Questions and Answers from The Merchant of Venice Act 3 Scene 3 by William Shakespeare

Structured Questions from Act 3 Scene 3 of the Merchant of Venice by William Shakespeare
Questions and Answers from The Merchant Of Venice ACT 3 SCENE 3

Shylock : 
I'll have my bond; speak not against my bond: 
I have sworn an oath that I will have my bond. 
Thou call'dst me dog before thou hadst a cause, 
But, since I am a dog, beware my fangs : 
The duke shall grant me justice. I do wonder, 
Thou naughty gaoler, that thou art so fond 
To come abroad with him at his request.
Antonio :  I pray thee, hear me speak. 
Shylock :  I'll have my bond; I will not hear thee speak: 
I'll have my bond, and therefore speak no more. 
I'll not be made a soft and dull-eyed fool,
To shake the head, relent, and sigh, and yield 
To Christian intercessors. Follow not;
I'll have no speaking; I will have my bond. 

1. To whom are these words spoken? When? Who else is with the characters? Where are they?


These words are being spoken to Antonio, when he requests Shylock to listen to him. Solanio and the jailor are with them. They are in a street in Venice.

2. In what state of mind is Shylock, now? What has he accused the jailer of, a little while earlier?


Shylock is excited and very keen to take his revenge against Antonio. He keeps on repeating, I'll have the bond'. He has accused the jailor of showing partiality towards Antonio by allowing him to come out of the jail.

3. Explain 'I'll not be made a soft and dull-eyed fool, to shake the head, relent, and sigh, and yield to Christian intercessors'. Earlier he tells the listener to be beware of his fangs. Why?


The line means that Shylock will not become a soft and stupid fool to shake his head and relent to forgive Christian pleaders. Earlier he says that Antonio had called him a dog and now he must suffer the dog's bite.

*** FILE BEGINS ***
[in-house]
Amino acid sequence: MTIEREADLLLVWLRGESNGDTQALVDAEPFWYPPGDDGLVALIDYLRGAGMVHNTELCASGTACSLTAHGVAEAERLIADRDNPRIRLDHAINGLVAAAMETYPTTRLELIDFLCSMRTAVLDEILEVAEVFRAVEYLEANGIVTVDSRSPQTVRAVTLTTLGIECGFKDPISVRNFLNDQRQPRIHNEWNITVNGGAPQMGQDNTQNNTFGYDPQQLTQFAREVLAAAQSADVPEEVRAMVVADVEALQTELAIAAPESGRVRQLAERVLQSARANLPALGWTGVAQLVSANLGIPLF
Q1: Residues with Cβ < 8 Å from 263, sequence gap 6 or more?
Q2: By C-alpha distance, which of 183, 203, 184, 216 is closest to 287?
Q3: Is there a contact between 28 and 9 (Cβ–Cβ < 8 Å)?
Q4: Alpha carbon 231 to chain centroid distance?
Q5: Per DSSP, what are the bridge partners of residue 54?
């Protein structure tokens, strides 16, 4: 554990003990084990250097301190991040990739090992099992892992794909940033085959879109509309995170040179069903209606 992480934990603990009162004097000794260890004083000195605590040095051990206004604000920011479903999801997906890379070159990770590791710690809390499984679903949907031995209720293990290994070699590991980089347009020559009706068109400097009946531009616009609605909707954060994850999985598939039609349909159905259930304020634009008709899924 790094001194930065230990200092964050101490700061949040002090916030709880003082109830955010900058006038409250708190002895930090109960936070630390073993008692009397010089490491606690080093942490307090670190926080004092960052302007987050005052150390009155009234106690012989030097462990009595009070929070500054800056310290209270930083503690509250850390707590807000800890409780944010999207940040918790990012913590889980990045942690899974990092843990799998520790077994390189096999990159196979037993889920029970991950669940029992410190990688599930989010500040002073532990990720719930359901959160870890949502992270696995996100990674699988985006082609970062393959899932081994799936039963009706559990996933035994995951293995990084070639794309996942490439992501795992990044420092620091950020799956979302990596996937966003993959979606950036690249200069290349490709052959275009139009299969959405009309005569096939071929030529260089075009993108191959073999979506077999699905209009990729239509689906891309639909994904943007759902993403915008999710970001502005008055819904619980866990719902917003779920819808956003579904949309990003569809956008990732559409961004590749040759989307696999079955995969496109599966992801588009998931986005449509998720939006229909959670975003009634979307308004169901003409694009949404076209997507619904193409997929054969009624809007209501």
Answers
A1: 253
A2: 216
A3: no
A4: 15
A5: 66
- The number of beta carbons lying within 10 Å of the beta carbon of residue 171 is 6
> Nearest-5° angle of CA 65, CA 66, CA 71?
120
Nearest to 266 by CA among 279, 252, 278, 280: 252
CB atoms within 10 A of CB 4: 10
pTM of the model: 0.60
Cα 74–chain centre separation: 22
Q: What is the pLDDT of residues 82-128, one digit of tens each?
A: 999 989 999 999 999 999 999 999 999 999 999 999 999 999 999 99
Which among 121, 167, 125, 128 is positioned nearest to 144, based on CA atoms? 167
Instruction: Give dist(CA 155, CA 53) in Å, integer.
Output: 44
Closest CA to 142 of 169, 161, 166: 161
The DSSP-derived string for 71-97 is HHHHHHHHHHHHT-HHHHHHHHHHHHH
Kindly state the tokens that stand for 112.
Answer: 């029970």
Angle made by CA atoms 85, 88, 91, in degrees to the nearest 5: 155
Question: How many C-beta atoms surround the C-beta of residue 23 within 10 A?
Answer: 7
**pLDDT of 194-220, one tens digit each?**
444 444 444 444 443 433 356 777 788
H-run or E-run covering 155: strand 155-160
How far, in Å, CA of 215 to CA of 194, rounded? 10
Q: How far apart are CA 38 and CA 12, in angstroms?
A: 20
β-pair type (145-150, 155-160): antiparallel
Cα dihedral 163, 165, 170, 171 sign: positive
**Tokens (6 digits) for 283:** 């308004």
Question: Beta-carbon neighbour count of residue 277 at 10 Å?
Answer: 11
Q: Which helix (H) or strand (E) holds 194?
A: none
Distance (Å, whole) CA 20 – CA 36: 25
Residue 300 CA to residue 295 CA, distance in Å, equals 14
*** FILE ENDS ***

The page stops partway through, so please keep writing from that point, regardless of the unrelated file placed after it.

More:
4. Why and when does the listener say, 'Let him alone'?


When Solanio comments that the Jew is the most heartless dog, Antonio says that there is no use pleading in front of the blood-thirsty Shylock.

5. Why is Shylock after his life, according to the speaker?


According to Antonio, Shylock is after his life as he had rescued many people from the Jew's clutches by helping with his money. So Shylock has been deprived of his forfeiture many a time; therefore, the Jew hates him and he is after his life to take revenge.

6. Why can't the Duke save the speaker?


The Duke can't save the speaker, as he has to abide by the strict laws of Venice. If he goes against justice, Venice will lose its credibility among foreign traders and this will affect its trade and prosperity.

7. How does the scene end? Bring out the significance of the scene.


The scene ends on a sad note with Antonio losing all hope for his life. His last wish is to meet Bassanio, his best friend. This is the preparation for the trial scene that follows. The audience is prepared for Antonio's tragedy. This also gives a time gap for Bassanio to reach. The scene emphasizes the theme of friendship in which Antonio without any complaint submits to his fate.

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